How Much Water Does A Water Leak Waste? (Because A Water Leak DOES Waste Water)

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Imagine Manhattan under 300 feet of water, not from a flood or rising sea level, but from the 2.1 trillion gallons of water lost from leaky pipes every year. That is nearly 6 billion gallons a day! The majority of leaks are a result of old infrastructure, pressure changes in the water mains, and small household leaks.

Infrastructure leaks
About 14-18% of water treated in the United States is wasted through aging and damaged infrastructure, as well as faulty meters. The American Society of Civil Engineers recently gave the US a “D” grade for water infrastructure. Let’s take a look at a few cities around the US.


Household water waste
Average household leaks can add up to over 10,000 gallons of water a year, enough water to wash 270 loads of laundry. Nationally, household water waste totals over a trillion gallons - or the equivalent of 11 million households' yearly usage. The most common types of leaks at the household level are worn toilet flappers, dripping faucets, and leaky showerheads. 10% of US homes waste over 90 gallons a day just from these small fixtures. Here are some quick facts:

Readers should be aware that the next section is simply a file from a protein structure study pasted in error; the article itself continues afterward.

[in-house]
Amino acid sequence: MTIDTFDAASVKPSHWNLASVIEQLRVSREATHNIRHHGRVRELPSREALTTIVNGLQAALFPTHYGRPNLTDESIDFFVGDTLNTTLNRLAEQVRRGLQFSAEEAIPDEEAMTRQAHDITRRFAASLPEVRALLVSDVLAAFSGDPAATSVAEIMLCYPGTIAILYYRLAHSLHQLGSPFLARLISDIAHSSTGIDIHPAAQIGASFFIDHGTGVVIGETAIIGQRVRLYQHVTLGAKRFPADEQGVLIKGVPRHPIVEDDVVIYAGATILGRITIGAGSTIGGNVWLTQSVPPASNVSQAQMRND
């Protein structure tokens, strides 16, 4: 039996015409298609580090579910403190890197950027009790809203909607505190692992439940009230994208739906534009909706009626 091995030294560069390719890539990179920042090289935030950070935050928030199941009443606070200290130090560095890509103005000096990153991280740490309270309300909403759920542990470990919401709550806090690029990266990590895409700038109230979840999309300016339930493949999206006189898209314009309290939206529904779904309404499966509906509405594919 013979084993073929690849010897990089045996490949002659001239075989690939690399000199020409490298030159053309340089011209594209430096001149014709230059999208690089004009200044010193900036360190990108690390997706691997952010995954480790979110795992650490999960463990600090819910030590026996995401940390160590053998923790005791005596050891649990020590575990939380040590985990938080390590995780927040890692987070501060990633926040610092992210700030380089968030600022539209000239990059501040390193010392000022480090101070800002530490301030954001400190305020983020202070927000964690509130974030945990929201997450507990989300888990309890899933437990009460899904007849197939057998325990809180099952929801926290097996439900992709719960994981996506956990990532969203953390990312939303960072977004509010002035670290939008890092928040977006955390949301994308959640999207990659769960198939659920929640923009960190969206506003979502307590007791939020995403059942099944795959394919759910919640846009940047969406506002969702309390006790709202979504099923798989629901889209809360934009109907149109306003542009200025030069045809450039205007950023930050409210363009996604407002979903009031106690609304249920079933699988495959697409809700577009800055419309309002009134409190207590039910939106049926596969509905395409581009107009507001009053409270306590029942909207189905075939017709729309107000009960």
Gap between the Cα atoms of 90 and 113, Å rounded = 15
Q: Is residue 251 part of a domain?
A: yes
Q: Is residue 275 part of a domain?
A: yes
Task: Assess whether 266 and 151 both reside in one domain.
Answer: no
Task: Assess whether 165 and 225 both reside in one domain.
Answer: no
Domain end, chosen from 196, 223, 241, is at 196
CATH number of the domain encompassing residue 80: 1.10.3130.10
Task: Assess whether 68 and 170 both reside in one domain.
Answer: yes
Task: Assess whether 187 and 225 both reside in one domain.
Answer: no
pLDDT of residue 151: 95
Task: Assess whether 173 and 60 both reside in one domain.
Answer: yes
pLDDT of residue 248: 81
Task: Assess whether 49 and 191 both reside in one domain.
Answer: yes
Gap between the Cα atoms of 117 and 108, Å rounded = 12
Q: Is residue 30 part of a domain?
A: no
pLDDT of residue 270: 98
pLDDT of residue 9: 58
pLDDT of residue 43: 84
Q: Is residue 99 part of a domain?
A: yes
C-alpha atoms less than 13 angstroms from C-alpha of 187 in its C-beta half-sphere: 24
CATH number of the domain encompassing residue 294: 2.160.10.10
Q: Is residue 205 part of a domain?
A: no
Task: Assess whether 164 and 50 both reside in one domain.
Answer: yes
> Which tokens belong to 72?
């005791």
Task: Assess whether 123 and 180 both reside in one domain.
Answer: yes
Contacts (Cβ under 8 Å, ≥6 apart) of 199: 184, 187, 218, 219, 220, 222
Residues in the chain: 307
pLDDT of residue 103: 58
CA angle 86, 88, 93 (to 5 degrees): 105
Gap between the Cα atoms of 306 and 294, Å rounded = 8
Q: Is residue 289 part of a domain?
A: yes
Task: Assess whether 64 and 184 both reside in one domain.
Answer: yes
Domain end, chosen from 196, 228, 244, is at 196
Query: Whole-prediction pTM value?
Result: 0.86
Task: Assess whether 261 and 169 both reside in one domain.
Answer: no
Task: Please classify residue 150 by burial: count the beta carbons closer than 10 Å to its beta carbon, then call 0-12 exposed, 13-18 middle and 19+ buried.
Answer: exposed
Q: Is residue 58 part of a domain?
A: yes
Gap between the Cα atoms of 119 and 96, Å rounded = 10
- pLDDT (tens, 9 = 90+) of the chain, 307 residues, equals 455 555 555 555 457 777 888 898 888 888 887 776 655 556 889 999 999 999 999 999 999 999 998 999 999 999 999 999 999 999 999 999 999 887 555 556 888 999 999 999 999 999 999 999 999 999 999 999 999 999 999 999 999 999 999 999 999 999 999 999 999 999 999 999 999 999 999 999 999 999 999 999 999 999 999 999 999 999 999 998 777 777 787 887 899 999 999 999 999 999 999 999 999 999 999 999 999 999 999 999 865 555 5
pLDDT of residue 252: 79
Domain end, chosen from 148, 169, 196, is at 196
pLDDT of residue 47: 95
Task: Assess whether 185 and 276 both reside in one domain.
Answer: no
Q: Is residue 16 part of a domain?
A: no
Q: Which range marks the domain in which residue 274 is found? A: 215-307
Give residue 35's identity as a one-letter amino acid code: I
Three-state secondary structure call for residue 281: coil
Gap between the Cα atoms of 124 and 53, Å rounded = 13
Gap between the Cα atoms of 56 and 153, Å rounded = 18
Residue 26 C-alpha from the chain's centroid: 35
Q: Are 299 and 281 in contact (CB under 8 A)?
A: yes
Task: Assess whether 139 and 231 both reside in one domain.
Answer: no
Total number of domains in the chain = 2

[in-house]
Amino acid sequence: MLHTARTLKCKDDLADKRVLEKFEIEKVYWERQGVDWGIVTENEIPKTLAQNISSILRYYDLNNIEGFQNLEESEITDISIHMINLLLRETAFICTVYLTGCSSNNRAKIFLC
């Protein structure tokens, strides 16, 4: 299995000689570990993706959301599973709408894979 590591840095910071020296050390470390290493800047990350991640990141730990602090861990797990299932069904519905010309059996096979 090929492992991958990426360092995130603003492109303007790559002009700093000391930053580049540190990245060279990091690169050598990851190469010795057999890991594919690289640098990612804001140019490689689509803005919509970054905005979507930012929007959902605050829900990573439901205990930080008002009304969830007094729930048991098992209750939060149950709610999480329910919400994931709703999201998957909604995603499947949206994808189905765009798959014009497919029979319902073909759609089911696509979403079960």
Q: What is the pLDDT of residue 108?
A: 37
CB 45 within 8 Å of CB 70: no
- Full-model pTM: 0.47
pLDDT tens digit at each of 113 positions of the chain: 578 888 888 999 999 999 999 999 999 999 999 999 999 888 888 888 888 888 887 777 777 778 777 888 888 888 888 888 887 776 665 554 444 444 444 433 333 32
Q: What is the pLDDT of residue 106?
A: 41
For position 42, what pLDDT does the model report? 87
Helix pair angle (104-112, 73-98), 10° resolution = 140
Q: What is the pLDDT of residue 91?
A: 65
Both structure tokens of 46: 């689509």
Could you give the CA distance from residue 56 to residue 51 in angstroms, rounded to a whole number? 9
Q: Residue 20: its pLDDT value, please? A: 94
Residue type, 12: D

1. Faucets: 1 drip/second adds up to over 3,000 gallons a year (you can take 180 showers with that water!)
  2. Speaking of showers… a showerhead leaking at 10 drips/minute wastes over 500 gallons a year (that’s 60 loads of dishes)
  3. Old inefficient toilets can water up to 13,000 gallons a year
  4. Irrigation leaks just the size of a dime will waste nearly 6,300 gallons a month

While you can't fix your city's infrastructure, you can easily assess your building for potential leaks. 
Fixing easy leaks can save about 10% on your monthly water bill. Replacing that old toilet with a new efficient toilet could save you upwards of $2,400 over the toilet's lifetime. There are also a few videos at Home Water Works on detecting and fixing simple household leaks

Whether at the municipal or the household level, we waste a lot of water. Replacing the aging infrastructure on a national level seems a bit overwhelming, but there is a lot you can do to save water and money. Detecting and then fixing simple residential leaks requires little investment and will end up saving you a boatload of money on your water bills.

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